Catchment plans will be 'vital' to tackle pollution
Catchment management plans will be vital if the UK is to improve water quality and reduce its greenhouse gas emissions, according to environmental scientists.Experts from environmental consultancy ADAS said the plans could help to tackle diffuse pollution at the source.
Speaking at the Water Concerns conference, organised by ADAS, experts from the water industry said many traditional end-of-pipe treatments for pollution are no longer sustainable or cost-effective.
Diffuse water pollution costs the industry an estimated £250m a year.
"In addition to the water quality challenges this presents to the water companies, diffuse pollutants can have an impact on the ecological, aesthetic and economic aspects of water resources," said Dr Chris Fawcett, technical services manager at ADAS.
Chris Ryder, head of water quality at Defra, said that water companies are now facing an additional challenge of reducing greenhouse gas emissions from end-of-pipe treatments as outlined in Defra's Future Water strategy.
Delegates heard that the key to tackling diffuse water pollution at its source will be to work with farming industry, as agriculture contributes 70% of the nitrates found in water.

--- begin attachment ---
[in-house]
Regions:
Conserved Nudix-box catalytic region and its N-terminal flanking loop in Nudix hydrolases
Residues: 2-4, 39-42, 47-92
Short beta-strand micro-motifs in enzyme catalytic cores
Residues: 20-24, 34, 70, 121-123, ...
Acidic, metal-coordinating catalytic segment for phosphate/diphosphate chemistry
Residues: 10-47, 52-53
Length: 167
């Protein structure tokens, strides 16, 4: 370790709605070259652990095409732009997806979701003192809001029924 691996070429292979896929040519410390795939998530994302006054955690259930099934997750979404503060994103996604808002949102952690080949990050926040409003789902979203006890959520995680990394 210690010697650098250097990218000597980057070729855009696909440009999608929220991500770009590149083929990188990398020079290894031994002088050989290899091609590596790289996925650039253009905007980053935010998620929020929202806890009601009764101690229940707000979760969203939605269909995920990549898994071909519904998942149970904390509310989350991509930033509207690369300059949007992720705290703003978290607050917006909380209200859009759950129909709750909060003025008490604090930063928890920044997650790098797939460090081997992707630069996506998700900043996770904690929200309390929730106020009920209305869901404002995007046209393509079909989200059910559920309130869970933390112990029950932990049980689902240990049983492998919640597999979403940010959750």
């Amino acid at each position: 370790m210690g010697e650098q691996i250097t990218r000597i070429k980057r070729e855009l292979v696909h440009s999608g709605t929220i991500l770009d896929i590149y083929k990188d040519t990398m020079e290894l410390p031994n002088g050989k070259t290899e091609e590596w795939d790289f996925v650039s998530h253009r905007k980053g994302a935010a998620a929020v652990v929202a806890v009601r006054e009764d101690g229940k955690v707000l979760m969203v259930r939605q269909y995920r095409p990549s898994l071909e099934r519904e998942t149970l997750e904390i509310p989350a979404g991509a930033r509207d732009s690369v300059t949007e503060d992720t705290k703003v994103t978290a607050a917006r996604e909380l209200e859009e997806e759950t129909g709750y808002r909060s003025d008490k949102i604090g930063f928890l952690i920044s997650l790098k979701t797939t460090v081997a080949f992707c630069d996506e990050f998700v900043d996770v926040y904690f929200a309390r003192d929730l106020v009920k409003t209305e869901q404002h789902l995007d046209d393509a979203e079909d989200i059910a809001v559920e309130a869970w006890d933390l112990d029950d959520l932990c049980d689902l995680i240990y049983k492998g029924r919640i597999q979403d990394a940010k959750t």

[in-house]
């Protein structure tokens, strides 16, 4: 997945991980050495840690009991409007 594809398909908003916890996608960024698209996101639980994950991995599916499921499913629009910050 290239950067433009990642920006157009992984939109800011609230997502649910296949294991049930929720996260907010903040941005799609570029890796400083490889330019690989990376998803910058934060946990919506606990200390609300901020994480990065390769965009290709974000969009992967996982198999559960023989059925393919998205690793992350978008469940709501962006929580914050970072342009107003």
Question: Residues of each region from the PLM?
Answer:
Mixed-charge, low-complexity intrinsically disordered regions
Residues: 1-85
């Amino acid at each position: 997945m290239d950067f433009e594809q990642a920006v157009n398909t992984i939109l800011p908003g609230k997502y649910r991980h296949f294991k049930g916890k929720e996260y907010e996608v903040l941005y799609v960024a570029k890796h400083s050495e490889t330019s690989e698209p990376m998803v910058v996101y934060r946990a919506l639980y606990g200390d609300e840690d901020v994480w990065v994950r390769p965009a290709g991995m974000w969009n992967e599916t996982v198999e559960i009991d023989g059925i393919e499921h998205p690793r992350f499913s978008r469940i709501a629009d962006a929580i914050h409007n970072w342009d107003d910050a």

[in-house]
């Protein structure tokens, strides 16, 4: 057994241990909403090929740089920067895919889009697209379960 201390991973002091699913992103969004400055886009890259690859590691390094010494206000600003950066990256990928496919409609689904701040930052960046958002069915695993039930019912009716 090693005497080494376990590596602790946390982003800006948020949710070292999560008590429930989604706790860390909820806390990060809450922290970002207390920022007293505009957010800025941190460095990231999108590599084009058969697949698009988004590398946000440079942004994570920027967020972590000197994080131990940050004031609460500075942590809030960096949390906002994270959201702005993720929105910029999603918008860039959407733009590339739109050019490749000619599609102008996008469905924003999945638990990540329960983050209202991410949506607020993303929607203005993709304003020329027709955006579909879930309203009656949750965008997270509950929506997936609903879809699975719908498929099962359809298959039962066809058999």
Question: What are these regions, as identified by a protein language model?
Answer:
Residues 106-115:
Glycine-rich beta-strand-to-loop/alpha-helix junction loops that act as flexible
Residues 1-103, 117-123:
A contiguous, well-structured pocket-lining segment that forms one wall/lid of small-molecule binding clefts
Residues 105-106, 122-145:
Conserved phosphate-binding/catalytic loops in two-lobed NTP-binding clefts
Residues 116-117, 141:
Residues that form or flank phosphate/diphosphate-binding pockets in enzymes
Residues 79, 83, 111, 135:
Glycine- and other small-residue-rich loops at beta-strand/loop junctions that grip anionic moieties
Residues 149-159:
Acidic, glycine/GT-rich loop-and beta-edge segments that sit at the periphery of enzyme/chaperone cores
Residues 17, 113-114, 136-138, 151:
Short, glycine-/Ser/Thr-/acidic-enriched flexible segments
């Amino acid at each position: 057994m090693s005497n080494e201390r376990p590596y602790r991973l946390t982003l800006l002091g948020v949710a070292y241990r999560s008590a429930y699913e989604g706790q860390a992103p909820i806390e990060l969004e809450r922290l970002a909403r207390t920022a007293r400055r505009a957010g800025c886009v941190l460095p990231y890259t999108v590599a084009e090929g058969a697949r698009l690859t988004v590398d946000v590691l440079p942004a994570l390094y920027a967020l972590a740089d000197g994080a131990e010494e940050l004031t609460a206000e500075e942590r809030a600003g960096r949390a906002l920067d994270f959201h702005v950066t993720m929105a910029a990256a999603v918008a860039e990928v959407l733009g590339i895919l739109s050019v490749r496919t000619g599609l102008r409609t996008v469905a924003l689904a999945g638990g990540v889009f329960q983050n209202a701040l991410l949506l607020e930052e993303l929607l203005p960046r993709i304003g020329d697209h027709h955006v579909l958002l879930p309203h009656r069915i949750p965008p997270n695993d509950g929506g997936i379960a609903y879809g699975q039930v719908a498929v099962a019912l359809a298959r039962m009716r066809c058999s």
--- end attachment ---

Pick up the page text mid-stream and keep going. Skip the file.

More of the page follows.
"End-of-pipe solutions can be ineffective around key events such as [crop] spraying periods, as pollution may exceed treatment capacity said Dr Paul Fogg, principal research scientist at ADAS.
"Furthermore, the pesticide Metaldehyde, which has been found in catchments across the country, cannot be treated with traditional methods.
"In comparison there are relatively simple mitigation methods which can be employed by farmers to help prevent pollutants from entering the water system."
However, Claire Pollard, principal inspector at the Drinking Water Inspectorate, and Kevin Ridout, deputy head of environment and water quality at Ofwat, admitted that relatively few catchment management proposals had been submitted in water companies' draft business plans ahead of the 2008 price review (PR09).
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